Proposed capital projects list puts Cleveland State in No. 3 slot

Proposed capital projects list puts Cleveland State in No. 3 slot

November 9th, 2017 by Andy Sher in Local Regional News

This staff file photo shows the sign in front of Cleveland State Community College.

Photo by Erin O. Smith /Times Free Press.

NASHVILLE — A proposed $25 million revitalization of Cleveland State Community College has shot up to the No. 3 spot on a preliminary list of the the state's top higher education funding projects and could become a candidate for funding in Gov. Bill Haslam's 2018-2019 budget.

During budget hearings Tuesday, Mike Krause, Tennessee Higher Education Committee executive director, said the community college's abrupt status change came about as a result of revised criteria governing recommended projects.

"It's an additional square footage and a revitalization of the existing square footage that they desperately need," Krause said. "It'll represent the first capital investment for the state in Cleveland State in about 20 years."

Krause told Haslam the revised calculations on what projects need to come to the funding forefront are based in large part on what best serves the governor's Drive to 55 program.

The program seeks to boost the number of Tennesseans with four-year degrees or one- to two-year associate degrees or certificates to 55 percent of the adult population.

With its 1960s and early 1970s-era buildings, many of which are described in a "master plan" revamp of the campus as "dilapidated" and some candidates for demolition, Cleveland State serves a fast- growing area with Cleveland and Bradley County as its hub, Krause said.

Krause said THEC's task used to be to "meld" a capital project funding list from the University of Tennessee and Tennessee Board of Regents systems.

The Tennessee Board of Regents system includes community colleges and Tennessee Colleges of Applied Technology. Until this year, it also included six non-UT universities, including Tennessee Tech in Cooke-ville and the University of Memphis. But Haslam successfully pushed to make the six universities self governing with their own local boards.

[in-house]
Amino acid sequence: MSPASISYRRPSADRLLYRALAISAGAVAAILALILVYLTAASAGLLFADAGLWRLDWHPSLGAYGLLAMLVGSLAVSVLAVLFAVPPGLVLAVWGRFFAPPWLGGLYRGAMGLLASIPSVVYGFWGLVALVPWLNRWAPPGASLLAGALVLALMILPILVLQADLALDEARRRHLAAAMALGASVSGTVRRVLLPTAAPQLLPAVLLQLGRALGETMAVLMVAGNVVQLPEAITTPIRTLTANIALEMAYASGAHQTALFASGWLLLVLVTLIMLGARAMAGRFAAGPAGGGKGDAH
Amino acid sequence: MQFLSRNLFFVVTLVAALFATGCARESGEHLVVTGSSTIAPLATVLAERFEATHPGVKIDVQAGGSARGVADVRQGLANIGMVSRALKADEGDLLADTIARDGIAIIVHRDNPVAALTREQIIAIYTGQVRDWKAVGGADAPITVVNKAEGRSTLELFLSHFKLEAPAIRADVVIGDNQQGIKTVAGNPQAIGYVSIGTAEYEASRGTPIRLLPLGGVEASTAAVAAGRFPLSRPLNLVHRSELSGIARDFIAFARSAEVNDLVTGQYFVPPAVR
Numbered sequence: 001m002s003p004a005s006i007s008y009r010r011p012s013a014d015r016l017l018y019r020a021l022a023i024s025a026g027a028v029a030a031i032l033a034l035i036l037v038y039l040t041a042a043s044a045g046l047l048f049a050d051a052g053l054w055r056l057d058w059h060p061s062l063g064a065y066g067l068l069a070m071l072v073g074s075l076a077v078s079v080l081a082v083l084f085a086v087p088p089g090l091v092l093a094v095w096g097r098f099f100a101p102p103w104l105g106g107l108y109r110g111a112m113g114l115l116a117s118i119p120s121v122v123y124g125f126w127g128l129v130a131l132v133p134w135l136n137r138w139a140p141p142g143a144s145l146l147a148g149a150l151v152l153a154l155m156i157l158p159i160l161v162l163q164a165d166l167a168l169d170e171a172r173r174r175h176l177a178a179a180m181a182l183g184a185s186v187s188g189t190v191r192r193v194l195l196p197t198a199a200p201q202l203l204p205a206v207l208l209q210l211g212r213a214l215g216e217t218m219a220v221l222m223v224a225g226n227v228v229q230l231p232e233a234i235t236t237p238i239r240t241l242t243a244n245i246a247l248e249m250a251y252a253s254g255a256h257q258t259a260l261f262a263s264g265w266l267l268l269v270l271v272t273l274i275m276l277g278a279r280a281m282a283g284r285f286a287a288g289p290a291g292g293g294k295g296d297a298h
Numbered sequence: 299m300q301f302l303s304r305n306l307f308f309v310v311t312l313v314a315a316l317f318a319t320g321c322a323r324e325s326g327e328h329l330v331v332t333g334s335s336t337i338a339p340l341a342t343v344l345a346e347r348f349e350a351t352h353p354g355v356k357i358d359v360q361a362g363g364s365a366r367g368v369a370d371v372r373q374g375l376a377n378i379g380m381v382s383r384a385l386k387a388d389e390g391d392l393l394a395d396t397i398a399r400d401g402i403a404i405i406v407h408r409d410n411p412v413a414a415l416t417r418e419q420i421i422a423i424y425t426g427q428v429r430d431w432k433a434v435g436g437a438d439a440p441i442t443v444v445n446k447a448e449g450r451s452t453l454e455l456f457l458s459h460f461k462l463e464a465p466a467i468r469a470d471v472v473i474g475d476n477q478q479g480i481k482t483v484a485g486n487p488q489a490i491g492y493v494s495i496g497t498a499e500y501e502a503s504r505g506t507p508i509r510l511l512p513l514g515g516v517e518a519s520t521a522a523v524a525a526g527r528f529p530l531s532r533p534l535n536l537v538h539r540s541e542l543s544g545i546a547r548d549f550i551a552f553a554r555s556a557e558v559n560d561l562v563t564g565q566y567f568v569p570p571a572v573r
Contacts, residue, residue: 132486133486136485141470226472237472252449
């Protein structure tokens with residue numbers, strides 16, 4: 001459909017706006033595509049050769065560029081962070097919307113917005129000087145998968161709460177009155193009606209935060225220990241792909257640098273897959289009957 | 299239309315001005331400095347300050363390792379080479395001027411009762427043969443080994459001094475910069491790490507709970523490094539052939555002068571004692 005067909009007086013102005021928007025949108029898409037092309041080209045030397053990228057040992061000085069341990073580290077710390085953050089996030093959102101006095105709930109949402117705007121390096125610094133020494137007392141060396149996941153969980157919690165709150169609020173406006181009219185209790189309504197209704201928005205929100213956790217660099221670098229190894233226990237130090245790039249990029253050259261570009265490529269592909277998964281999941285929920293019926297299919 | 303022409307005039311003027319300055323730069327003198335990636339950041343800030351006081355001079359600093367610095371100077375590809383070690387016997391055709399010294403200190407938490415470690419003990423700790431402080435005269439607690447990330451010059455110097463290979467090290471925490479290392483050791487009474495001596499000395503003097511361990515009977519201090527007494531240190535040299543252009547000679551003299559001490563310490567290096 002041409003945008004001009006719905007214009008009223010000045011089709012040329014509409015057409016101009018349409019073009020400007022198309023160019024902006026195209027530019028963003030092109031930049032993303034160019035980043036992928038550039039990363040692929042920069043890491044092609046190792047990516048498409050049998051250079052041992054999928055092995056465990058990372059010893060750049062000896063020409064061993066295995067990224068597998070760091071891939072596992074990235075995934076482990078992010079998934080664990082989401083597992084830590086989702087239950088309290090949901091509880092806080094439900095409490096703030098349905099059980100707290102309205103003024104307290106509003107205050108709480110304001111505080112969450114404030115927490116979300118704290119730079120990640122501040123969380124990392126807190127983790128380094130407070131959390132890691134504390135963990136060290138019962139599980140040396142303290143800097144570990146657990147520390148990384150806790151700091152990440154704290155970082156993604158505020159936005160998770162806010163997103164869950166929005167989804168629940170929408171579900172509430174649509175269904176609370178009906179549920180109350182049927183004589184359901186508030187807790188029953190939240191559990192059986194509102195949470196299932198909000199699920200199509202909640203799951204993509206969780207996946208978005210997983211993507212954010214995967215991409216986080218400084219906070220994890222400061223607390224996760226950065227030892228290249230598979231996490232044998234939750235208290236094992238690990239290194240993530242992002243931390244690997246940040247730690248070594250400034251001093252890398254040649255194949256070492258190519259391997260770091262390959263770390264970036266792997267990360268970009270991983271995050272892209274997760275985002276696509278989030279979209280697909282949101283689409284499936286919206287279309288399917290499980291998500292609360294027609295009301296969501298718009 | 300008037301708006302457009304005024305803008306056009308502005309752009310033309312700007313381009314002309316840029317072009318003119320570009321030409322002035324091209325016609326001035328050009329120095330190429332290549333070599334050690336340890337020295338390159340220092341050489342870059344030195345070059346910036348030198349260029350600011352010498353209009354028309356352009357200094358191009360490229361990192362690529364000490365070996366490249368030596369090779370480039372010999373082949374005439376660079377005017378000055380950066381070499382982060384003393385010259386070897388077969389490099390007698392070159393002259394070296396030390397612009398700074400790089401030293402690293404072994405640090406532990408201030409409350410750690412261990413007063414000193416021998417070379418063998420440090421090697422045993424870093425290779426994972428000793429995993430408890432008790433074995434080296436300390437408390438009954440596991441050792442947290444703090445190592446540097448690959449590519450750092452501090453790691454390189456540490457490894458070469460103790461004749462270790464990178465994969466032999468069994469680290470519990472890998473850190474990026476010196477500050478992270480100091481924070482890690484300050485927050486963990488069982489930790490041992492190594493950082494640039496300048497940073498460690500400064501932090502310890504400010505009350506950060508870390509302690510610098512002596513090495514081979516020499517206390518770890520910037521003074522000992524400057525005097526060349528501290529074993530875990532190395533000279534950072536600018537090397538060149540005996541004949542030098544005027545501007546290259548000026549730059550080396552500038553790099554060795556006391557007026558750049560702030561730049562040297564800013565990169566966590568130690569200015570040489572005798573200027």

And that necessitated changes in THEC's calculations on how to prioritize major higher education projects, Krause said.

"Obviously, we couldn't do that this year with the addition of our [locally governed institutions]," Krause said. But I think we took that as an opportunity to revise the capital process that used to be about surviving on a list for a decade or more and eventually you come to the top."

Now, it's "primarily based on how it helps us with the Drive to 55," Krause said.

Krause worked with several experts and representatives of the University of Tennessee, the Tennessee Board of Regents systems, and the six self-governing public universities on the changes.

"Last year, you would have seen [Cleveland State revamp] lurking I think at about 13 on the list," Krause said. He said one of the new criteria involves providing access to education to underserved areas and it was a "very high-scored area" for Cleveland State.

Moreover, a trip to Cleveland State to see the campus' condition helped.

"We had a chance to go out to the campus and see it first hand," Krause said. "They need revitalization. We're excited about it being on the list."

The college had some 3,300 students last fall. The 105-acre campus has 10 major buildings including classrooms, laboratories and student activity centers as well as a library, computer labs, a 400-seat theater and a 3,000-seat gymnasium.

Beyond its main campus, Cleveland State has offices and classrooms in Athens and Monroe County and offers classes throughout its service area of Bradley, Meigs, McMinn, Monroe and Polk counties.

According to THEC documents, the state would provide $22.5 million for the Cleveland State project while $2.5 million would come from other sources.

Meanwhile, making the No. 1 slot on the project list is a $39.6 million new academic classroom building for Middle Tennessee State University. Krause said MTSU has done an outstanding job of providing a "pipeline" from community colleges to four-year institutions, which is a major focus of Drive to 55.

Coming in at No. 2 is a new energy and environmental research building for the University of Tennessee Institute of Agriculture. Krause said the institute's agricultural work is not only important to Tennessee but also the nation.

Contact staff writer Andy Sher at asher@timesfreepress.com or 615-255-0550. Follow on Twitter @AndySher1.